Idolina Moreno is a victim of Arizona’s budget crisis: One state program that helped her family no longer exists, and another is threatened.
When police officers visited Moreno’s house in Phoenix earlier this year to investigate a report of possible physical abuse to a child, they found nothing that warranted charges, but they found a family that needed help. Moreno was put in touch with Family Builders, a state program that contracts with private organizations to provide family support and training services.
“What I saw was a mother that really wanted to do well for her children,” said Rosa Solis, a family support specialist who taught Moreno parenting skills. She worked with the children on cooperation and anger management.
“Since she’s been coming, my family has changed,” said Moreno, who is separated. “Every time I got a problem with my children, I can call them and they’re right here for me.”
That’s not true anymore. The Family Builders program has been suspended. Now Moreno worries that her five children—ranging in age from 18 months to 14—will regress. “I feel sad, because I can see the progress with my children and myself,” she said.
There is also a possibility that Moreno might lose help from another source. Her 6-year-old son, Wilver, is autistic. He’s been getting therapy directly from a state agency. But caseworkers have warned Moreno that program also may be suspended.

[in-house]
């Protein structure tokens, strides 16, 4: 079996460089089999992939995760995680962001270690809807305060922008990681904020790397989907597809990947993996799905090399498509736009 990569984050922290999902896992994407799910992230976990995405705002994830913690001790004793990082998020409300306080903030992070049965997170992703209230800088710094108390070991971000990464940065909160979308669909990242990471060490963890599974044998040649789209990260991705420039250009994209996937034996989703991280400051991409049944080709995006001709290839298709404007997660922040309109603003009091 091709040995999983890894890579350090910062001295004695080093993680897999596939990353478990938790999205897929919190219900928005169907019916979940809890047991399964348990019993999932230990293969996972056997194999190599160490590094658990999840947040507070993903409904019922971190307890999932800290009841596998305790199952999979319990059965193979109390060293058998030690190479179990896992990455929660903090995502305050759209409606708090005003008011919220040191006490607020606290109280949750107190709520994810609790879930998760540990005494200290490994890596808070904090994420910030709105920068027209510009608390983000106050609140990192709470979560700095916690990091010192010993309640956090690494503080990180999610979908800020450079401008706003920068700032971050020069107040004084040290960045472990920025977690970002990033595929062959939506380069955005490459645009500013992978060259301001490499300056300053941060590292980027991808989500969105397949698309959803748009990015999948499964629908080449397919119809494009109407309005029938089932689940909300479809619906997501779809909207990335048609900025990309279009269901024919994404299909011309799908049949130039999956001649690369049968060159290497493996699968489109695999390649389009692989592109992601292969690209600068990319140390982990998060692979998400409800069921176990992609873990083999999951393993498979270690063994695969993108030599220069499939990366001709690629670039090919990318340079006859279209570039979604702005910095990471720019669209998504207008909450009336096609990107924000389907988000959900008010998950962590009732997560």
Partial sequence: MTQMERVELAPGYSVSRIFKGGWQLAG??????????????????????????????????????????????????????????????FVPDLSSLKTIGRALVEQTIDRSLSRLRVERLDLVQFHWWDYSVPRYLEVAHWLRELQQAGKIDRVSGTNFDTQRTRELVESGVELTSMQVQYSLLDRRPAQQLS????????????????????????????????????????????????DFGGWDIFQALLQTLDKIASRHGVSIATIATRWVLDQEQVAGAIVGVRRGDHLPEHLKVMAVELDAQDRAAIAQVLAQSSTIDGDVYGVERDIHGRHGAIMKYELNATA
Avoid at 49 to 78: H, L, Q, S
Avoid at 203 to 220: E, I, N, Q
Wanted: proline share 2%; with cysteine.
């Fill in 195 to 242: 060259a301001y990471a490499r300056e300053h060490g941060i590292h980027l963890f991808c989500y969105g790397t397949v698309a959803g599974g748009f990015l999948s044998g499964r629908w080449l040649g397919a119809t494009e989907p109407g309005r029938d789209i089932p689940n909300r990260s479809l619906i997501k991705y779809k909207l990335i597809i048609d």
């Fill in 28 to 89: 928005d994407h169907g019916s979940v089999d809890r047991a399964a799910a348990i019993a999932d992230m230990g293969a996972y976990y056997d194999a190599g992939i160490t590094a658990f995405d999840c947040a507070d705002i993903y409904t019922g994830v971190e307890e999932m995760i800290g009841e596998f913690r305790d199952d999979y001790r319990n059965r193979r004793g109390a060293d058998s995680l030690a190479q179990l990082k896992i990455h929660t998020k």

“What’s going to happen to my son? What’s going to happen to us? I don’t know. I have no clue,” she said.
Arizona’s deepening budget crisis—a $1.6 billion shortfall this year and a projected $3 billion in the fiscal year that begins July 1—is not just numbers on paper. It’s hurting real people as one social service program after another is reduced or eliminated:
• Because of state agency furloughs and staff reductions, not all reports of abuse and neglect to children and vulnerable adults will be investigated.
• Respite care for those caring for the developmentally disabled has been eliminated.
• Grandparents caring for their grandchildren will lose a $75-a-month stipend.
• Independent living support for 450 Arizonans over age 60 has been eliminated.
• Applications for food stamps, cash assistance and Medicaid benefits will be delayed.
• About 1,500 people awaiting Social Security Administration disability claims will no longer get a $150-a month state subsidy.
• Subsidies to foster care families will be reduced.
• Support to domestic violence shelters has been cut. As a result, some victims will be denied shelter.
• Support for homeless shelters has been cut.
More cuts are likely as the Republican-controlled legislature, traditionally averse to tax increases, wrestles with next year’s budget.
“The consequences, frankly, are horrendous,” said Lupe Solis, AARP Arizona’s associate director for advocacy.AARP Arizonais urging legislators not to cut social and health services further.
Enrique Vargas is a supervisor in the Tolleson office of the Arizona’s Children Association, which offers child welfare, foster care and other support programs in all 15 Arizona counties. Vargas said problems are “getting bigger because they want to save money to cut a program that costs pennies.”
Sue Krahe, executive director of a nonprofit Tucson organization,Our Family Services, which has lost about half a million dollars in state money, offers a similar view.
“I just know that people are going to need more help than ever because of all the economic factors,” Krahe said. “Those services being cut are basic-need services. I’m just not sure what’s going to happen.”
Dennis Godfrey is a freelance writer and editor living in Glendale, Ariz.
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